CONYERS - The U.S. Attorney's Office handles criminal and civil litigation, but is also on the forefront of protecting the country from terrorism.
"When you're the U.S. government ... you get sued for a lot of things," U.S. Attorney for the Northern District of Georgia David Nahmias said during Thursday's gathering of the Conyers Rotary Club. "But our highest priority to Georgia - and everybody all over the country - is to try to make sure there is not another terrorist attack."
He said if he were talking to the group in 2000, the way of thinking within the U.S. Attorney's Office would have been much different than it is today.
"(September 11) was a jolt to the system," Nahmias said.
At that time, he said, the U.S. Attorney's Office would gather evidence and prosecute criminals after a crime occurred.
Things work a little differently now.
"We could have convicted all 19 hijackers, but they were all dead. That took a bit of a mind change," he said. "Our goal is not to get them after it happens, but to make sure it never happens again."
He said the government collects intelligence, deports people and, at other times, goes to war with foreign countries, to help prevent other attacks like what occurred on Sept. 11, 2001.
"Think back to Sept. 12; everybody was so sure that we would be attacked again, but we weren't. We've gotten much better defensively," Nahmias said. "That enemy is still out there."
The enemy is changing, too, he said.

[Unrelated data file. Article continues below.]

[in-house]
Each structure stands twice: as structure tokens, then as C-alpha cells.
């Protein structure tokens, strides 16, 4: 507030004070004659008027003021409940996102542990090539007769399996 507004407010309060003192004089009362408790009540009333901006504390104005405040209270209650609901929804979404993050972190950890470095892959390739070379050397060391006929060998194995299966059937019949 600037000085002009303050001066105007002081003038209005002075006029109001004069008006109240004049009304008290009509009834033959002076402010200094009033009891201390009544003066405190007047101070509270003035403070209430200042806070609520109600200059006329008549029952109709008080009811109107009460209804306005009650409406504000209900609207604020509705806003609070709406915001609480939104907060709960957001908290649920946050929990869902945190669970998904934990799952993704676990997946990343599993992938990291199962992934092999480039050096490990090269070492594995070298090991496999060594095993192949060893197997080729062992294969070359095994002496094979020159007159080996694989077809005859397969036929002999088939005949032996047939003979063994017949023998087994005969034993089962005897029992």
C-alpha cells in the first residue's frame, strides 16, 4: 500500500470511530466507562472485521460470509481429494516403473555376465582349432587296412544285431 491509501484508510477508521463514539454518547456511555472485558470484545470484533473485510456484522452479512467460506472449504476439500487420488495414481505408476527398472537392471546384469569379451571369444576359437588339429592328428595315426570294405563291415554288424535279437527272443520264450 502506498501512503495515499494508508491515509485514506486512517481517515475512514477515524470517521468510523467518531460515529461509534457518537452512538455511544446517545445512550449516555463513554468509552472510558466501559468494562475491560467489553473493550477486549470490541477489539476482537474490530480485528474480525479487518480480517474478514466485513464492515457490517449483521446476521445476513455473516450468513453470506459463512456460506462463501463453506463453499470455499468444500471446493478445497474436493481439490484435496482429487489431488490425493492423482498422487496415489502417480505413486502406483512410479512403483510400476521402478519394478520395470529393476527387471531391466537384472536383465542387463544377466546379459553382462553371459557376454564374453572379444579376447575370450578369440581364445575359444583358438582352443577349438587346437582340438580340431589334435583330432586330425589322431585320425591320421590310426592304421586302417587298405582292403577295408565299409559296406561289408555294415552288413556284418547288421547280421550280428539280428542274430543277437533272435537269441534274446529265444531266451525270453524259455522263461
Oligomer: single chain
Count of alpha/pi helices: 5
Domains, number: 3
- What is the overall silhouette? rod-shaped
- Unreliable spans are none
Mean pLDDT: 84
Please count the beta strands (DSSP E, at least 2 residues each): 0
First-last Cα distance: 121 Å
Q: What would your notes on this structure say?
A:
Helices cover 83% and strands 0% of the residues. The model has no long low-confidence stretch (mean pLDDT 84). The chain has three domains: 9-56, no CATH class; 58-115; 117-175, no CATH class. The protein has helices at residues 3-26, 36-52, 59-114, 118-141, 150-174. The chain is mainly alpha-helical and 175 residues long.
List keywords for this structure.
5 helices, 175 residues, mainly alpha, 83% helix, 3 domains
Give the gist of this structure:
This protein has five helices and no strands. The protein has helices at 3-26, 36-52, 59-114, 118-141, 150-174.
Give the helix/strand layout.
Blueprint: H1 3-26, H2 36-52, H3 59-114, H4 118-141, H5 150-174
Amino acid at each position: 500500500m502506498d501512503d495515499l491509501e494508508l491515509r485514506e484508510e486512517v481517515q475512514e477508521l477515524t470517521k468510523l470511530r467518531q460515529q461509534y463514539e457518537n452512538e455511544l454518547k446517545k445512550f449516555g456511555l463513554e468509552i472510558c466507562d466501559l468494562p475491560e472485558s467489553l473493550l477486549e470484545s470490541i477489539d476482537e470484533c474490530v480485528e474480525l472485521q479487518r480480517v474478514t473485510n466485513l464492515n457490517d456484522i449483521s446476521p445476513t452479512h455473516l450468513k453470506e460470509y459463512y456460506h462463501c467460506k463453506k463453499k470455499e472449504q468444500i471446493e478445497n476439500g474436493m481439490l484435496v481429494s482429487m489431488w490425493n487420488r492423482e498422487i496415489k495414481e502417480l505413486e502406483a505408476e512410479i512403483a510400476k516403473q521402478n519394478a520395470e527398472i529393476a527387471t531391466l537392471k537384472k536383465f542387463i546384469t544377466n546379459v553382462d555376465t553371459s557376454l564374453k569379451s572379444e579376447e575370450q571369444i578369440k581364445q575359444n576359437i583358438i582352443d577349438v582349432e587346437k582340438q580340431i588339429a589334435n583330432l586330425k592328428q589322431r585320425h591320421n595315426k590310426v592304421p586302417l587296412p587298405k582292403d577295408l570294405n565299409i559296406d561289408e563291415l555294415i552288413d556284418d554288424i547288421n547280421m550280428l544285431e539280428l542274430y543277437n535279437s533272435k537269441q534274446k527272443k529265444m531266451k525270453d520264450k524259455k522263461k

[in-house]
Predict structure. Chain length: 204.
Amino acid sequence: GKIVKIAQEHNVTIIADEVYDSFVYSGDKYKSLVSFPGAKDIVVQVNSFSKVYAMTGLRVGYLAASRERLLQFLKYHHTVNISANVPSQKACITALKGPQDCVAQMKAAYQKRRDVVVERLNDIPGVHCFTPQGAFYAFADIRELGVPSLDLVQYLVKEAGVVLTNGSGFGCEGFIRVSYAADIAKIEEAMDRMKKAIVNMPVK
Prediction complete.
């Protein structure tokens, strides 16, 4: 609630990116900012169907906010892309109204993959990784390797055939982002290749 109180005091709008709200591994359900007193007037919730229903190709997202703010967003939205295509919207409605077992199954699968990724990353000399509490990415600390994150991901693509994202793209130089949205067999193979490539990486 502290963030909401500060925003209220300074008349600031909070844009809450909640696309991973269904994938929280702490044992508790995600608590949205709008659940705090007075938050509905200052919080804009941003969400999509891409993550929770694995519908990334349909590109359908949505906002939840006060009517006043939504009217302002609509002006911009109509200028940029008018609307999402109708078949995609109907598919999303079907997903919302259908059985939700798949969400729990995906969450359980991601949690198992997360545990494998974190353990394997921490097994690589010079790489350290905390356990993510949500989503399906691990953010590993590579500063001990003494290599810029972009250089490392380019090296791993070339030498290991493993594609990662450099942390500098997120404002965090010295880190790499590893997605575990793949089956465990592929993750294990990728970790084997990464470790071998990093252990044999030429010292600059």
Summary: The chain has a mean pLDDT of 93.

For example, he cited one case in which investigators discovered that terrorists overseas tried to bring their wives and children on the planes they planned to bomb so they would be less suspicious.
In addition to dealing with possible criminals abroad, the U.S. Attorney's Office is also concerned with home-grown terrorism, such as the case of Eric Robert Rudolph and the Centennial Olympic Park bombing, as well as local crime issues like gangs and drugs.
Nahmias said violent crime rates from 1993 to 2004 - the most recent data available - decreased about 50 percent nationally. The number of methamphetamine labs has dropped more than 80 percent during that time period. At the same time, the prison population has increased as well as the presence of Mexican drug agencies.
Nahmias said Atlanta is a large drug distribution center, especially among Hispanics, although most of the product is not used in the area. Rather, the drugs are shipped to other locations.
Nahmias also reported that drug use among teenagers has decreased by about 20 percent.
Initiating drug-free workplace programs and encouraging kids to say "no" to drugs, he said, will help decrease it even more.
However, gangs continue to be a problem. Parents and educators of teens need to make them aware of gang activity, Nahmias said.
"I can guarantee pretty much in every middle school and high school you have a gang presence," Nahmias said. "You might not want to see it, but particularly in middle schools, that's when gangs start recruiting."
He said students involved in after-school programs are less likely to get involved with gang activity, since that's when most initiations take place at that age.
Michelle Floyd can be reached at firstname.lastname@example.org.